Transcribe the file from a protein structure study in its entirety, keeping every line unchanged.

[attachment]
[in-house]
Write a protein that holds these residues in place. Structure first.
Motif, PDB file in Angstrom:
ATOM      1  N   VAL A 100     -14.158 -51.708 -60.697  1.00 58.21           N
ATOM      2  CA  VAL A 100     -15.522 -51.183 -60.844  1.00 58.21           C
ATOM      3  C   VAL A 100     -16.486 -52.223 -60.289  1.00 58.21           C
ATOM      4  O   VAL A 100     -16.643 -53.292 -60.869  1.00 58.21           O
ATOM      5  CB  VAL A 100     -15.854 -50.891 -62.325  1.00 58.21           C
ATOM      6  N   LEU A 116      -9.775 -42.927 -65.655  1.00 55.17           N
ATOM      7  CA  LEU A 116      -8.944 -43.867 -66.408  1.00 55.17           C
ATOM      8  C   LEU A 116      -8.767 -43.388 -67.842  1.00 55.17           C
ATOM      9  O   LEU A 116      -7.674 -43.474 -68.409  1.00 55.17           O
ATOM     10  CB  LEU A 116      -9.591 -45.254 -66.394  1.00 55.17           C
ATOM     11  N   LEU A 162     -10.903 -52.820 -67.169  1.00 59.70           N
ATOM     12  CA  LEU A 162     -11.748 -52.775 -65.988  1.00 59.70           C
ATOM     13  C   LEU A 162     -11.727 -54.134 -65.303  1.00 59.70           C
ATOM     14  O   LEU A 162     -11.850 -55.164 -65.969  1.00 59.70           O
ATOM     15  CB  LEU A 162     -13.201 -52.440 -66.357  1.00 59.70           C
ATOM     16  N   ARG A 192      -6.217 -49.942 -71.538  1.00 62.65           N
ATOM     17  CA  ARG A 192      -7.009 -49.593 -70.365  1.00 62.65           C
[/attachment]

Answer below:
[in-house]
Write a protein that holds these residues in place. Structure first.
Motif, PDB file in Angstrom:
ATOM      1  N   VAL A 100     -14.158 -51.708 -60.697  1.00 58.21           N
ATOM      2  CA  VAL A 100     -15.522 -51.183 -60.844  1.00 58.21           C
ATOM      3  C   VAL A 100     -16.486 -52.223 -60.289  1.00 58.21           C
ATOM      4  O   VAL A 100     -16.643 -53.292 -60.869  1.00 58.21           O
ATOM      5  CB  VAL A 100     -15.854 -50.891 -62.325  1.00 58.21           C
ATOM      6  N   LEU A 116      -9.775 -42.927 -65.655  1.00 55.17           N
ATOM      7  CA  LEU A 116      -8.944 -43.867 -66.408  1.00 55.17           C
ATOM      8  C   LEU A 116      -8.767 -43.388 -67.842  1.00 55.17           C
ATOM      9  O   LEU A 116      -7.674 -43.474 -68.409  1.00 55.17           O
ATOM     10  CB  LEU A 116      -9.591 -45.254 -66.394  1.00 55.17           C
ATOM     11  N   LEU A 162     -10.903 -52.820 -67.169  1.00 59.70           N
ATOM     12  CA  LEU A 162     -11.748 -52.775 -65.988  1.00 59.70           C
ATOM     13  C   LEU A 162     -11.727 -54.134 -65.303  1.00 59.70           C
ATOM     14  O   LEU A 162     -11.850 -55.164 -65.969  1.00 59.70           O
ATOM     15  CB  LEU A 162     -13.201 -52.440 -66.357  1.00 59.70           C
ATOM     16  N   ARG A 192      -6.217 -49.942 -71.538  1.00 62.65           N
ATOM     17  CA  ARG A 192      -7.009 -49.593 -70.365  1.00 62.65           C